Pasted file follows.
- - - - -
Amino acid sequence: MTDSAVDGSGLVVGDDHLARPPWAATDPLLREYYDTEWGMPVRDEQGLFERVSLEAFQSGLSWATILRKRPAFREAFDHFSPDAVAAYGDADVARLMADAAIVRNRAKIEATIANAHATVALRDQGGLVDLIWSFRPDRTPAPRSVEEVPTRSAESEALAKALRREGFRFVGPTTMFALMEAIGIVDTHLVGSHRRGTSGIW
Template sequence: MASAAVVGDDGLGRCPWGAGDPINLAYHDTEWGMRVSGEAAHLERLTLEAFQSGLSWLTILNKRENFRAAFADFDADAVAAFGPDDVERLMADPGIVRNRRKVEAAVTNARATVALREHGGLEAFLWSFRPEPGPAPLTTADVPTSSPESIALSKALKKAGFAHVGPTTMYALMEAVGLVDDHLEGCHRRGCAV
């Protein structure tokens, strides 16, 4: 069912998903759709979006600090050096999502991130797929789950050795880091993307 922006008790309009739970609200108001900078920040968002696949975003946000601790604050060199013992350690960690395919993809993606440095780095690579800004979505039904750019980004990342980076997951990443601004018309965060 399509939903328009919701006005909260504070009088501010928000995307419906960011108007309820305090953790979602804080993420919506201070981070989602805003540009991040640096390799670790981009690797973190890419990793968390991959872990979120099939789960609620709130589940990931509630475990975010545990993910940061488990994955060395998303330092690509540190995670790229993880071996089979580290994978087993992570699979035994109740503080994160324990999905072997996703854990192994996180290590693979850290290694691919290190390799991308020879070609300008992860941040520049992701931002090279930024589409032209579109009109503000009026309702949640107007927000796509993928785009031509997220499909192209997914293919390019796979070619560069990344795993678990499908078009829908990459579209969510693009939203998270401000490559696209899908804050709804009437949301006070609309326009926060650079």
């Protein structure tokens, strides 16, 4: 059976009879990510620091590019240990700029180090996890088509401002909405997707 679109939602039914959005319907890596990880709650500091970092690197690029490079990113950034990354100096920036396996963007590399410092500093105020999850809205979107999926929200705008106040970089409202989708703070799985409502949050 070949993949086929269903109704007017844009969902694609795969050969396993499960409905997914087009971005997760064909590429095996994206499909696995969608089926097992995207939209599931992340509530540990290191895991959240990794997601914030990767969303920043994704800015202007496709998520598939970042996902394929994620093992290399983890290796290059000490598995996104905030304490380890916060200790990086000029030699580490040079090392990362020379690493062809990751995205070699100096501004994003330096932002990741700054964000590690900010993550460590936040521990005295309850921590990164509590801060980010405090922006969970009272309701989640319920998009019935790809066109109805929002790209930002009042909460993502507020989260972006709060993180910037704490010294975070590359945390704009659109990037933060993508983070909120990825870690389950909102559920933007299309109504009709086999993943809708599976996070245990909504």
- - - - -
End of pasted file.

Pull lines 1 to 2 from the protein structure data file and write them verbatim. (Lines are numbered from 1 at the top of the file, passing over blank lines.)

Amino acid sequence: MTDSAVDGSGLVVGDDHLARPPWAATDPLLREYYDTEWGMPVRDEQGLFERVSLEAFQSGLSWATILRKRPAFREAFDHFSPDAVAAYGDADVARLMADAAIVRNRAKIEATIANAHATVALRDQGGLVDLIWSFRPDRTPAPRSVEEVPTRSAESEALAKALRREGFRFVGPTTMFALMEAIGIVDTHLVGSHRRGTSGIW
Template sequence: MASAAVVGDDGLGRCPWGAGDPINLAYHDTEWGMRVSGEAAHLERLTLEAFQSGLSWLTILNKRENFRAAFADFDADAVAAFGPDDVERLMADPGIVRNRRKVEAAVTNARATVALREHGGLEAFLWSFRPEPGPAPLTTADVPTSSPESIALSKALKKAGFAHVGPTTMYALMEAVGLVDDHLEGCHRRGCAV